The beauty of an effective assessment tool is that the questions can point directly to the answers. We' ll steer you in the right direction and the rest is up to you.
Here are some action steps for low scores on each question:
1. Understanding the Strategy: If employees do not understand your company' s business strategy, you have two choices: either communicate your strategy better or rethink it. Your employees may see holes in your thinking that you do not. Dig deeper to find out what aspect is unclear for them and listen for common threads in their responses that could point to solutions.
2. Knowing Responsibilities: If employees do not know their responsibilities, do the mangers? Time for a " Roles & Goals" conversation. At the end of the dialogue, be sure the manager and employee both walk away with a written summary of the understanding. This will make performance management much easier.
3. Linking Individual Goals to Corporate Objectives: If people do not understand how their jobs relate to the company' s objectives, you may have a communication problem (have a department meeting and/or " Roles & Goals" conversations) or an ineffective performance management system. Do you have a system in place? Do the managers understand the system and use it effectively? Are they motivated to use it? Or is the system dysfunctional for current needs? Re-evaluate your system with your managers to find means of improving it.
4. Reasonable Expectations: Are employees expected to do too much or too little? Periodically look at the responsibilities of each person on your team and rebalance the workload as necessary. Also consider whether employees could be exposed to a broader array of responsibilities, enhancing their skill set, expanding their knowledge base, and keeping their interest. Do you see every employee as a contributor to the company beyond the specifications of his or her job?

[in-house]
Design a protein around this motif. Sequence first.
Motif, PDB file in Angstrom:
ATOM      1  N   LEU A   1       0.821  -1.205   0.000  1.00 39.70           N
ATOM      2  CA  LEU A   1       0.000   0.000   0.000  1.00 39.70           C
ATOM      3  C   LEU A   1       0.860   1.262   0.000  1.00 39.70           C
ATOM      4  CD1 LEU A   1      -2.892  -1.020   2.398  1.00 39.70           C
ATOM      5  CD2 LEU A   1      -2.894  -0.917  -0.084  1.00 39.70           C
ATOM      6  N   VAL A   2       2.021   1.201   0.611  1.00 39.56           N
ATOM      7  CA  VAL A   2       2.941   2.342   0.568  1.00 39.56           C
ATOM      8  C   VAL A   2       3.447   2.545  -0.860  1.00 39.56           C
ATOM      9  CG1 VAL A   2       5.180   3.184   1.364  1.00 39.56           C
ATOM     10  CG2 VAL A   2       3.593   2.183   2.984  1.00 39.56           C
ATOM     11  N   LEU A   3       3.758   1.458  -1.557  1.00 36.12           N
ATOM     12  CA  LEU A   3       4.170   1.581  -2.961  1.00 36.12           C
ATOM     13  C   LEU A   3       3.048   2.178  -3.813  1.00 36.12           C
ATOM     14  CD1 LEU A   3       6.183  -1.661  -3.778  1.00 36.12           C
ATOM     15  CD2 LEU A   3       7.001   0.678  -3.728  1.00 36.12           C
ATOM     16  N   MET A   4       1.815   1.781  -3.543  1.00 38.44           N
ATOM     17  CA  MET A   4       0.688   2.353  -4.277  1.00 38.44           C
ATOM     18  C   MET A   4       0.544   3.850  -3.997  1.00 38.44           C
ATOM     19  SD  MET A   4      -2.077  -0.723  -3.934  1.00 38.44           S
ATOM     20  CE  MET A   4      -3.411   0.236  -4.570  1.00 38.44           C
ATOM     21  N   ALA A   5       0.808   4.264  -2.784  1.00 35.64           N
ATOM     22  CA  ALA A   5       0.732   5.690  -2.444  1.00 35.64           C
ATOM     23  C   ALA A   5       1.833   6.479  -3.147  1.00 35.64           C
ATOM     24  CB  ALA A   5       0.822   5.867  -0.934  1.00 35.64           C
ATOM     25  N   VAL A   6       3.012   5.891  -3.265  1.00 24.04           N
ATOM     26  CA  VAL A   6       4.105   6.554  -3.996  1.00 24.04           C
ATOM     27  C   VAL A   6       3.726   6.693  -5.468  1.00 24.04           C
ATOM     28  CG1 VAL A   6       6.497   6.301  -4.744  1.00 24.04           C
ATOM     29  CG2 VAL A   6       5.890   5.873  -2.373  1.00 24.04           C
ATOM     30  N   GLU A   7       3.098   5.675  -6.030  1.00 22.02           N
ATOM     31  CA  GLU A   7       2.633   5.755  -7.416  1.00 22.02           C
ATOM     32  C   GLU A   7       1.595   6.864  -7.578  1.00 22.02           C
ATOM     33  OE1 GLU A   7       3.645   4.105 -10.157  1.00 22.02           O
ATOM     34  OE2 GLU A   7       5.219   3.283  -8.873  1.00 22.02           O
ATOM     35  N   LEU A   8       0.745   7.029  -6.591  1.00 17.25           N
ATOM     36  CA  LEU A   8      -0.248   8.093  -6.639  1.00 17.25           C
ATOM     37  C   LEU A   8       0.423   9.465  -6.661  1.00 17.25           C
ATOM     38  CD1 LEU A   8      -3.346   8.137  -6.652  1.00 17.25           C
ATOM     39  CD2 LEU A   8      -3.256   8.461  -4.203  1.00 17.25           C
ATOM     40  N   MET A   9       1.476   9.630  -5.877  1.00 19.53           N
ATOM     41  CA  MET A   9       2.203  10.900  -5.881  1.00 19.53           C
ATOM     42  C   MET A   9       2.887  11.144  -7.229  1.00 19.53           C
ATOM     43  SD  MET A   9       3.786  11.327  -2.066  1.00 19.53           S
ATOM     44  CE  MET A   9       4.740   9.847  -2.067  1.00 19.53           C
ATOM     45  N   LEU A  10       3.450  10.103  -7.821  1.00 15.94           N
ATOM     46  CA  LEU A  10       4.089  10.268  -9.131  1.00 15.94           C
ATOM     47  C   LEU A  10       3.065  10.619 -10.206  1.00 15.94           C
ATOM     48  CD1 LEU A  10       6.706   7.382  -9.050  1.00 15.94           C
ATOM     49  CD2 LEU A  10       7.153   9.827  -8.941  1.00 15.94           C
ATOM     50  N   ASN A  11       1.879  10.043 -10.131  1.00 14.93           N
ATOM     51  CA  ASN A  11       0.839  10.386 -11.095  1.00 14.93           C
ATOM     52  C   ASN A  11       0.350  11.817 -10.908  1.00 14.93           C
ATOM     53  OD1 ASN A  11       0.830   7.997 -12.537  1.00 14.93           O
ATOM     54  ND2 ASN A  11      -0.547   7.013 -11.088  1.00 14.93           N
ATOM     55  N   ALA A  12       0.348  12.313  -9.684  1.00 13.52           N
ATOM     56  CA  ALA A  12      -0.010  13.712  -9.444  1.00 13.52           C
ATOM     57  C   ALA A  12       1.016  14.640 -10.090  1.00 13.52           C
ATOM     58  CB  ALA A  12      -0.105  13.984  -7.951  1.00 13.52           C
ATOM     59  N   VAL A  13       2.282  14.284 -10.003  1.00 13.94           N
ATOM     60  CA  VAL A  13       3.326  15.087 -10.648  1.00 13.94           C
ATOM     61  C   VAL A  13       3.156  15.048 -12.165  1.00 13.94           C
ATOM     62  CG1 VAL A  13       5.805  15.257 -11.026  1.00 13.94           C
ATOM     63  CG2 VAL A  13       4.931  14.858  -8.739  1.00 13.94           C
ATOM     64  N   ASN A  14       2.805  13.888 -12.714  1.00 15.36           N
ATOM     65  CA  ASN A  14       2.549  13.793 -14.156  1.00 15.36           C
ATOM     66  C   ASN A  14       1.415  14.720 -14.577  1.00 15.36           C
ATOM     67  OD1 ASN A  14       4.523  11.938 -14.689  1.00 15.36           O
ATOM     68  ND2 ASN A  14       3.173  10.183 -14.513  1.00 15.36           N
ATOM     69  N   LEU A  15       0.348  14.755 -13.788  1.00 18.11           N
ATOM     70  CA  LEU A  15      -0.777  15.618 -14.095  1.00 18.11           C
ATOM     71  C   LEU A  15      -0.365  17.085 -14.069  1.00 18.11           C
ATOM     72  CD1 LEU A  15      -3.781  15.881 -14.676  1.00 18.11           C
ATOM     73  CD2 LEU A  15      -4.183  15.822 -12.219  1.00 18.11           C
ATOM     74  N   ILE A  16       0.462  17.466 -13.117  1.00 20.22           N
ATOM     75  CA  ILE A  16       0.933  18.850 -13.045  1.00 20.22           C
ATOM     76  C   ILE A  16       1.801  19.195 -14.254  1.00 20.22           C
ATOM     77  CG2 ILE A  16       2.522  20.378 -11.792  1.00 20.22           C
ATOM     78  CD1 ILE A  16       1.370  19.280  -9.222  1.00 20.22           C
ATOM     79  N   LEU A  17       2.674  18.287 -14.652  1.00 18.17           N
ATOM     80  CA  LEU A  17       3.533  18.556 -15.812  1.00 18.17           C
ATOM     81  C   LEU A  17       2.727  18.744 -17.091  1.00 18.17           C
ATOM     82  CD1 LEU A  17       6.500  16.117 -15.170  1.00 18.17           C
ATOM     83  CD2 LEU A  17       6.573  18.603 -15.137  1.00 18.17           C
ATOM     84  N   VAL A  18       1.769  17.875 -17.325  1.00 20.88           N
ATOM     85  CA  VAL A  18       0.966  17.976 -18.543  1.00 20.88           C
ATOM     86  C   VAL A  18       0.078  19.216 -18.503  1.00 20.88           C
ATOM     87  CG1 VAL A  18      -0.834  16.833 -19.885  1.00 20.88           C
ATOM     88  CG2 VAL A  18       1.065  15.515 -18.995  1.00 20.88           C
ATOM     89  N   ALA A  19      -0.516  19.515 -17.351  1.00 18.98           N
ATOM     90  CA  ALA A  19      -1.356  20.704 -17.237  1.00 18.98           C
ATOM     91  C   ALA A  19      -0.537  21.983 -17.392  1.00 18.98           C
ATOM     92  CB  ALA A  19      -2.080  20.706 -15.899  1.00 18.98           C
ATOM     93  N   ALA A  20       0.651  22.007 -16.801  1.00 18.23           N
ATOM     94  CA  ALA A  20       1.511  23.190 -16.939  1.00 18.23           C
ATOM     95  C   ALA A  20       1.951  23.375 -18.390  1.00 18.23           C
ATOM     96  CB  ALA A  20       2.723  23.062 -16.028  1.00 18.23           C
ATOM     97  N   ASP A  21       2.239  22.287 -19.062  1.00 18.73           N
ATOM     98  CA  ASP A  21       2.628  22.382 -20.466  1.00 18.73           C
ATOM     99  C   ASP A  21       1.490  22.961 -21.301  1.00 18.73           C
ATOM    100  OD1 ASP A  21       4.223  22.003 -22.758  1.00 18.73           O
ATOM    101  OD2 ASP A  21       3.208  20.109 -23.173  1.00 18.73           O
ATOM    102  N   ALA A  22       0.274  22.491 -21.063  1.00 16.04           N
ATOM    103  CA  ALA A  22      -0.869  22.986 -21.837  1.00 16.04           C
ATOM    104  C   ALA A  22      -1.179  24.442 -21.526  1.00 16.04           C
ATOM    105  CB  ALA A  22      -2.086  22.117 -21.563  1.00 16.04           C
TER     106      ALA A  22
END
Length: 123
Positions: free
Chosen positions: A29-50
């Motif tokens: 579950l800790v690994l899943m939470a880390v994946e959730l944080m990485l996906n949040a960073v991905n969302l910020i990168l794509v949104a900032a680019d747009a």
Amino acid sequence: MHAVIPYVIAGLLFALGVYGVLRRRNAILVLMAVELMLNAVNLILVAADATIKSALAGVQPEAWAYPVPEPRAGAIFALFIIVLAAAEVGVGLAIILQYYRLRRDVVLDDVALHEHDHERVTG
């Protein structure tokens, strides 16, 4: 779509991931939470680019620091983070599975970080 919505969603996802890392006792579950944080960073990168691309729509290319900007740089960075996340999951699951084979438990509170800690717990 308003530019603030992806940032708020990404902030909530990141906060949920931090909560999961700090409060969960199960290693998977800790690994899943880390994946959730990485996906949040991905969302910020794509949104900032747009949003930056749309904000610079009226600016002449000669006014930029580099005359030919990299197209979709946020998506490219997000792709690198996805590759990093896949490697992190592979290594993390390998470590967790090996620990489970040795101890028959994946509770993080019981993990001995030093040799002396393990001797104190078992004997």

5. Decision-Making Authority: Take advantage of the talent you have. If your employees are not empowered to implement solutions, they won' t bother trying to find them. If you' re not taking advantage of your talent, now is the time to start taking steps to figure out the best way to do so.
6. Recommending the Company: If your employees would not recommend the company to others, it is important that you find out why not. If they would but do not, do you have an Employee Referral Program in place to motivate such recommendations? Such programs are quick, low-cost alternatives to other methods for sourcing candidates.
This recalibration of the market offers a golden opportunity to rethink your corporate level of productivity and its drivers. Further, it is the perfect time to address issues you may not have had time to address when everything seemed to be moving at warp speed. Take advantage of this time by assessing employee satisfaction, analyzing the effectiveness of your company' s employee communication, and addressing major and minor problems. As a result, your company will be well prepared for your next round of growth and well positioned to take advantage of the coming market upswing.
Debra Woog McGinty, principal of connect2, provides customized, cost-effective, expert human resource management on an interim basis. She welcomes your comments at email@example.com.
Nicole Moss provides emerging companies with recruiting consulting services through her company Blueprint. She welcomes your comments at firstname.lastname@example.org.